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Why drain Lake O? One storm could push it to its limits


In 2008, Tropical Storm Fay slogged through Florida, dumping as much as 20 inches of rain in central regions of the state and pushing Lake Okeechobee levels up 4 feet in a single month.

People rejoiced. Palm Beach County was in the grip of a damaging drought, and the lake, a reservoir for Glades cities and backup water supply to millions of coastal residents, was reaching record-low levels.

If Fay rolled through today, people could die.

On Thursday, Lake Okeechobee stood at 14.93 feet above sea level. An additional 4 feet would push it into dike-bursting territory.

“One big storm would be a bad situation, really bad,” said Paul Gray, a scientist with Audubon Florida and Lake Okeechobee expert. “We are nearing the heart of the tropical season and the corps knows they are one storm away from levels they are not comfortable with.”

The U.S. Army Corps of Engineers is responsible for managing water levels in Lake Okeechobee so the aging Herbert Hoover Dike doesn’t erode, putting communities around the lake in danger of flooding.

The Corps likes to keep the lake between 12.5 feet and 15.5 feet above sea level. The highest the lake has been was 18.7 feet in 1947, said John Campbell, a spokesman for the Corps.

In February, it reached 16.4 feet after the wettest January on record left the 16 counties overseen by the South Florida Water Management District with 7.25 inches of rain above normal.

Since then, billions of gallons per day of fresh lake water have been released into the brackish ecosystems of the St. Lucie and Caloosahatchee estuaries.

Still, the lake level July 1 was the highest for that date in a decade.

“As we sit today, the dike is not in any imminent danger,” Campbell said. “It’s that we are in the rainy season right now and have a lot of concerns, because the consequences of a breach in the dike are widespread loss of homes, businesses and potential loss of life.”

A 2006 report commissioned by the South Florida Water Management District included one worse-case scenario that showed Pahokee, Belle Glade and South Bay under 1 to 5 feet of water for weeks after a dike breach.

“It is dangerous not to dump water,” Gray said.

Tropical Storm Isaac, a soggy storm that parked a feeder band over South Florida in 2012, caused widespread flooding in Palm Beach County’s western communities, and pushed the lake level from 12.39 feet above sea level to 15.38 feet in one month.

In 2004, when hurricanes Charley, Frances and Jeanne made Florida landfalls, the lake rose more than 5 feet in 60 days.

“People say, ‘Why didn’t you release more water?’ ” Campbell said. “Well, this is what releasing more water looks like.”

It’s not pretty.

Cyanobacteria, commonly known as blue-green algae, has gorged on the phosphorous- and nitrogen-heavy lake water, building massive algae blooms in Treasure Coast waterways that are already weakened by local stormwater runoff and septic tanks.

Gray said the phosphorous goal for Lake Okeechobee is 40 parts per billion, but recent phosphorous levels have been between 100 and 200 parts per billion, which “make cyanobacteria blooms a constant threat.”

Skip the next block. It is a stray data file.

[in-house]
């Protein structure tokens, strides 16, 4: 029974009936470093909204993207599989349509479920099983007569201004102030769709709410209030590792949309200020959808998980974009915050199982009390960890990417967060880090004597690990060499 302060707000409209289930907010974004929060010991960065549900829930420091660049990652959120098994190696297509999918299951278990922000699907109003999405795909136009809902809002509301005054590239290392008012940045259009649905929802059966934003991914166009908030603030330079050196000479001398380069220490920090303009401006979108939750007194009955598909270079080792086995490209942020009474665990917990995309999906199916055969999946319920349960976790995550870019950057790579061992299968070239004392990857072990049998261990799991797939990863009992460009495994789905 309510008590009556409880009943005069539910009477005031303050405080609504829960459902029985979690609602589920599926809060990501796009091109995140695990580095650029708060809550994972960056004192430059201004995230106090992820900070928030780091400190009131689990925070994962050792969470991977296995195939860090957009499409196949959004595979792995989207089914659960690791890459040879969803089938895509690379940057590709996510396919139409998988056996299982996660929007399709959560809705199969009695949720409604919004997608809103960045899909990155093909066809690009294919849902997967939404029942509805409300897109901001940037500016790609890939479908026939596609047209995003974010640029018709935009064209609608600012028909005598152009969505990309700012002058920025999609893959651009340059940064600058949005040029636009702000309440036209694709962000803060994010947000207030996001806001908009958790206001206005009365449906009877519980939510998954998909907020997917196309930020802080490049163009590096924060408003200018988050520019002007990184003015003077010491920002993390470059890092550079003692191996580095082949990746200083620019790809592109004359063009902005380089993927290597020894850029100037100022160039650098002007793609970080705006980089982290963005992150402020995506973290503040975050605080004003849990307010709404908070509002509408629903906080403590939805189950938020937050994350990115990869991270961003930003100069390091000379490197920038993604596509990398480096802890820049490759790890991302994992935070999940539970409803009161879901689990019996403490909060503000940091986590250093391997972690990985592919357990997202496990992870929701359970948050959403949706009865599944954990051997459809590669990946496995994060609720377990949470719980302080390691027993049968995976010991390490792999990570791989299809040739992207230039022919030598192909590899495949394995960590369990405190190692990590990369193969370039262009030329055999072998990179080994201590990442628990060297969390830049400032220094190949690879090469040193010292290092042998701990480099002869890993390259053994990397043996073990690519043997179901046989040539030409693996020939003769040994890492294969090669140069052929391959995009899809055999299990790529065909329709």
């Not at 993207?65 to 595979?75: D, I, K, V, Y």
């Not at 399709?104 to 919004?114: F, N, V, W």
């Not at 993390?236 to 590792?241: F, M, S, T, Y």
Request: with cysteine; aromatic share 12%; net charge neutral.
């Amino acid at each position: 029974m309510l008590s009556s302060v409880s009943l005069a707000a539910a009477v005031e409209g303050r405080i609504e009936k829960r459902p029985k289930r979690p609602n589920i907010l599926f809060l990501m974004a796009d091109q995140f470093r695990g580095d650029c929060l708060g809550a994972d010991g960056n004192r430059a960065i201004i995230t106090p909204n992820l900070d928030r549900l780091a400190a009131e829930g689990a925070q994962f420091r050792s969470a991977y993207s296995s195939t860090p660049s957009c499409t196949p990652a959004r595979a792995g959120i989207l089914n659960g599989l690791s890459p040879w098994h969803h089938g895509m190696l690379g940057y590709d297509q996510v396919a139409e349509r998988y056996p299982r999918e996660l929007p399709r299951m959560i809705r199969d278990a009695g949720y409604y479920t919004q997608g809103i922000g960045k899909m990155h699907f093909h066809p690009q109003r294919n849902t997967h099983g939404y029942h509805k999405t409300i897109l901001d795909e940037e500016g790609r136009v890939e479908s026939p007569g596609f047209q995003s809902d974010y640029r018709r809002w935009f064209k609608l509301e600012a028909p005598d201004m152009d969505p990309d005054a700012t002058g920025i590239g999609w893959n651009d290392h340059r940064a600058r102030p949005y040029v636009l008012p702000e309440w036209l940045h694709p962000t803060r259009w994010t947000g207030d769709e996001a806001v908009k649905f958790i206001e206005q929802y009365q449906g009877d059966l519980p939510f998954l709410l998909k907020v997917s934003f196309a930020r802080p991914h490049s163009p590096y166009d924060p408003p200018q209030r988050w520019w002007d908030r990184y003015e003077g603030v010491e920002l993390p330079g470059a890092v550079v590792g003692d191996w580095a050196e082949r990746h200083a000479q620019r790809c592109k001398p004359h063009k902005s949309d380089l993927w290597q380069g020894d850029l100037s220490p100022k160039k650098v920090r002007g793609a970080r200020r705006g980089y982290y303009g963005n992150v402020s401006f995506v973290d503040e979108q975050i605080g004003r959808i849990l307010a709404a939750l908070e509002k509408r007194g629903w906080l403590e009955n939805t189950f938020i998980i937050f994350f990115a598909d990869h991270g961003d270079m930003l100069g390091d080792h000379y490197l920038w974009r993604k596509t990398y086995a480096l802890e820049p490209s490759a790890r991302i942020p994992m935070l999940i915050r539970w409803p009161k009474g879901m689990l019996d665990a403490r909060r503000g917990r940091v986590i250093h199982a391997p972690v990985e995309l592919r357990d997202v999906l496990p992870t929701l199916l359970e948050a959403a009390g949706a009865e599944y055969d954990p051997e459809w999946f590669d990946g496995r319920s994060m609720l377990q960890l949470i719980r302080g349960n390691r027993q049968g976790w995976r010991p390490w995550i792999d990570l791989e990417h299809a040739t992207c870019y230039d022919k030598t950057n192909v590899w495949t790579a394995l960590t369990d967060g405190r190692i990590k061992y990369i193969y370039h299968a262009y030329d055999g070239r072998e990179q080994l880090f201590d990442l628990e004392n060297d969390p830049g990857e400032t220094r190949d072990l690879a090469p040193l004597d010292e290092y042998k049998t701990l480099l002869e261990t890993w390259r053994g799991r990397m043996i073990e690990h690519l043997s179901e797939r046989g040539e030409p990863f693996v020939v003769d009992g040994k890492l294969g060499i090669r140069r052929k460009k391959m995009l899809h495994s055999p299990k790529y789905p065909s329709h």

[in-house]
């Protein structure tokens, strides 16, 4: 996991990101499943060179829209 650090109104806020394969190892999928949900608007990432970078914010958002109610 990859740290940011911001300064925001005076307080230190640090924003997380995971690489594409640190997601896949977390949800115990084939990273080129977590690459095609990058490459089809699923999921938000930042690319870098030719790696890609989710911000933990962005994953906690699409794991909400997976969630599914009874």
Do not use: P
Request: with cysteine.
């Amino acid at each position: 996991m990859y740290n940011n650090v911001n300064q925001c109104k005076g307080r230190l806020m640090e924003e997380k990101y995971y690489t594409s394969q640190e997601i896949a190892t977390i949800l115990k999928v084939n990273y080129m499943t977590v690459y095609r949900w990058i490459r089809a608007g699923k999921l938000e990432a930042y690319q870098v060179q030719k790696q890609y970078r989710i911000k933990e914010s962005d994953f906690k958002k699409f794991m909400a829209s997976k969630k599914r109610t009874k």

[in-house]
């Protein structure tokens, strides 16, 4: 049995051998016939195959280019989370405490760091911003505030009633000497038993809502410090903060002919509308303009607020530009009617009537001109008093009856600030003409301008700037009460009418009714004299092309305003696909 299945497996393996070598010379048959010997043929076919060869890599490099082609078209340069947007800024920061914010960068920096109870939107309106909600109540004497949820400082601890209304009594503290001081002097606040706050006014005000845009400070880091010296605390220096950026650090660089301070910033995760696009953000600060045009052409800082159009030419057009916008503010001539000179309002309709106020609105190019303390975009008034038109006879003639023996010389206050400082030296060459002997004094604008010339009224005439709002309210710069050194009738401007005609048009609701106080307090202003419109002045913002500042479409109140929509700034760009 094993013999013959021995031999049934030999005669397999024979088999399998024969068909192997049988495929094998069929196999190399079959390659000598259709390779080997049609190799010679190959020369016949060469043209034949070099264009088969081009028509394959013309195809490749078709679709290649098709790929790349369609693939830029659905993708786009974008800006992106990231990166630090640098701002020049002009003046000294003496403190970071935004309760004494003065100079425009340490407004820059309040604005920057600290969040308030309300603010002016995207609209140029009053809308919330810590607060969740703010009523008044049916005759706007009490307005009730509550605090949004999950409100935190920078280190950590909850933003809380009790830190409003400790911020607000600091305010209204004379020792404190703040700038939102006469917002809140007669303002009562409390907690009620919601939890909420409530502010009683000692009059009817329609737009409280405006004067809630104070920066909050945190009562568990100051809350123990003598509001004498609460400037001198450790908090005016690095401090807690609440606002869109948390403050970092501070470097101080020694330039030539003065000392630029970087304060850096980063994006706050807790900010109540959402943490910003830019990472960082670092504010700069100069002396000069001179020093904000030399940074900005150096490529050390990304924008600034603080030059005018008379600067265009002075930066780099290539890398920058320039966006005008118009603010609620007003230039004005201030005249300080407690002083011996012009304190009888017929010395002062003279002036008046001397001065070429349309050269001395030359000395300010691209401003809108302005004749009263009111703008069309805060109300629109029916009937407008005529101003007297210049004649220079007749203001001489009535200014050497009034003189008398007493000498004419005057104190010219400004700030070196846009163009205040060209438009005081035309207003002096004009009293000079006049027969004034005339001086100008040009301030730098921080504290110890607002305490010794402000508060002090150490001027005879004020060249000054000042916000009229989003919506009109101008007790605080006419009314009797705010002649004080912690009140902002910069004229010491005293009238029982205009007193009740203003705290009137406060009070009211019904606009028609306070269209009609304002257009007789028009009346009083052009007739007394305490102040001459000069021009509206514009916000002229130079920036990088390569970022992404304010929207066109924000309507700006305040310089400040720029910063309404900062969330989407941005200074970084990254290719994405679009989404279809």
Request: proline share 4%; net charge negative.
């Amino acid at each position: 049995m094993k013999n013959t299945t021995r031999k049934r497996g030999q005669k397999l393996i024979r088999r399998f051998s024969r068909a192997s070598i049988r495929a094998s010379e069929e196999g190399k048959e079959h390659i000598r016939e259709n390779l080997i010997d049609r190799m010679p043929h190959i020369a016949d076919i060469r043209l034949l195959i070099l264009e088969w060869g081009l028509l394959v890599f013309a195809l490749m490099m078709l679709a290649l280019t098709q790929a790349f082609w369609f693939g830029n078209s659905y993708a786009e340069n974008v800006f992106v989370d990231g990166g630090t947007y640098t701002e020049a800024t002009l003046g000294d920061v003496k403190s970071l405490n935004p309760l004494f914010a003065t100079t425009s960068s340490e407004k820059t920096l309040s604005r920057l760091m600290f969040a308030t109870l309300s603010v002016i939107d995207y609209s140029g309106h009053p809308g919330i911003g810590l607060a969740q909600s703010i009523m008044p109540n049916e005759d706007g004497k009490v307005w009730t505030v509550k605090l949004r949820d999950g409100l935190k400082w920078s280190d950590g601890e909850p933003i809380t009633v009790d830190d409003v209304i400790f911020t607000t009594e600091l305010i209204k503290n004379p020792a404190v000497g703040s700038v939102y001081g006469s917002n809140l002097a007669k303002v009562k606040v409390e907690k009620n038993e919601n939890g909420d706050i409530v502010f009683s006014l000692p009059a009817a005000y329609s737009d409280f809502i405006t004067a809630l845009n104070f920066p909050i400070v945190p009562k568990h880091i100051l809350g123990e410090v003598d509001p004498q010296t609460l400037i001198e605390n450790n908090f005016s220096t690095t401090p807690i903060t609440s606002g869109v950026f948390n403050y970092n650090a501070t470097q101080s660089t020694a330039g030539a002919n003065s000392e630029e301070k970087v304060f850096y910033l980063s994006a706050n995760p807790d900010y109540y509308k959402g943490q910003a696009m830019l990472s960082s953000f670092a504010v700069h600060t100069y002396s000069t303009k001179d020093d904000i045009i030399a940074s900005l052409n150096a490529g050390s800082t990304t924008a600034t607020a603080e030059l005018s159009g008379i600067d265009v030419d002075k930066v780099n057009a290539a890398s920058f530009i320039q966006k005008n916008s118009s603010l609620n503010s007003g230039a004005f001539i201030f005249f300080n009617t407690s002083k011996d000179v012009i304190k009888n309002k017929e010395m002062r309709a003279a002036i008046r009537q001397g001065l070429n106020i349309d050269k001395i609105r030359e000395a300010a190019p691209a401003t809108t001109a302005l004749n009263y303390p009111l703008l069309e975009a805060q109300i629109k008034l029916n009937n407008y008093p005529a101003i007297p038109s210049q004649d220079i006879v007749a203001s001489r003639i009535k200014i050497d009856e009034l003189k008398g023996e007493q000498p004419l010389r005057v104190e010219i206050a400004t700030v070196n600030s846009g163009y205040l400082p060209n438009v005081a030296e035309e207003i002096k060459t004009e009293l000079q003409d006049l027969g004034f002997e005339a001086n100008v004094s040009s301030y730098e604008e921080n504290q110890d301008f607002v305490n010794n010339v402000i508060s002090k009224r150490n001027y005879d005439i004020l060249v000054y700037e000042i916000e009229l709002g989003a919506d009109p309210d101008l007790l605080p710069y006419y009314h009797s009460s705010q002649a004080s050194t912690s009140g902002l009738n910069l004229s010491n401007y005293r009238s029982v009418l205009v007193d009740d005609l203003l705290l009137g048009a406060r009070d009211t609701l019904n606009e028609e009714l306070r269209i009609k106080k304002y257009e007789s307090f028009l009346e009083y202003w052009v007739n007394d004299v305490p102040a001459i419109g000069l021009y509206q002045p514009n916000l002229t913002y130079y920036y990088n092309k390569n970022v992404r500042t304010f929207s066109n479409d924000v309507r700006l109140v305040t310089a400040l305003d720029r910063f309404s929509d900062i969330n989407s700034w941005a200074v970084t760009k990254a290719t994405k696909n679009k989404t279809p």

The guacamole-thick goo triggered Gov. Rick Scott to declare states of emergency in four counties, including Palm Beach, and to rebuke federal authorities whom he said are “solely” responsible for repairing the dike so that it can hold more water.

The water management district released a statement Thursday called “Get the Facts” that said about $1.1 billion in federal money has been spent on design and construction of projects through the Comprehensive Everglades Restoration Plan, which is meant to improve Florida’s water storage capacities and improve water quality.

Florida has spent $2 billion in land acquisition, project design and construction, the district’s statement said.

The corps reduced lake discharges June 30 by 35 percent to 756 million gallons per day into the St. Lucie Estuary, and 1.9 billion gallons per day into the Caloosahatchee.

That outflow will remain the same at least for another week, the corps announced Thursday.

“The lake remains high for this time of year,” said Jim Jeffords, Jacksonville District operations division chief for the Corps. “Wet conditions during our normal dry season tested the water management system in South Florida.”

And the forecast for the coming months may strain the state’s complicated plumbing system even further.

The National Oceanic and Atmospheric Administration’s Climate Prediction Center is forecasting above-average rainfall for Florida through September. Because northern lakes and rivers also drain into Lake Okeechobee, its water level can rise up to 6 inches faster than water can be released.

Stephen Baxter, a meteorologist with the center, said the forecast takes into account predictions that this hurricane season is expected to be near or slightly above normal.

“There is a tilt toward the wetter side, but it’s a slight tilt,” Baxter said. “It will also remain quite warm over the next couple of months.”

That could help with evaporation rates from Lake Okeechobee, but Gray said those are minimal.

“If you can get an inch of evaporation every week, that’s pretty good, but it’s not enough to fix the problems,” Gray said.



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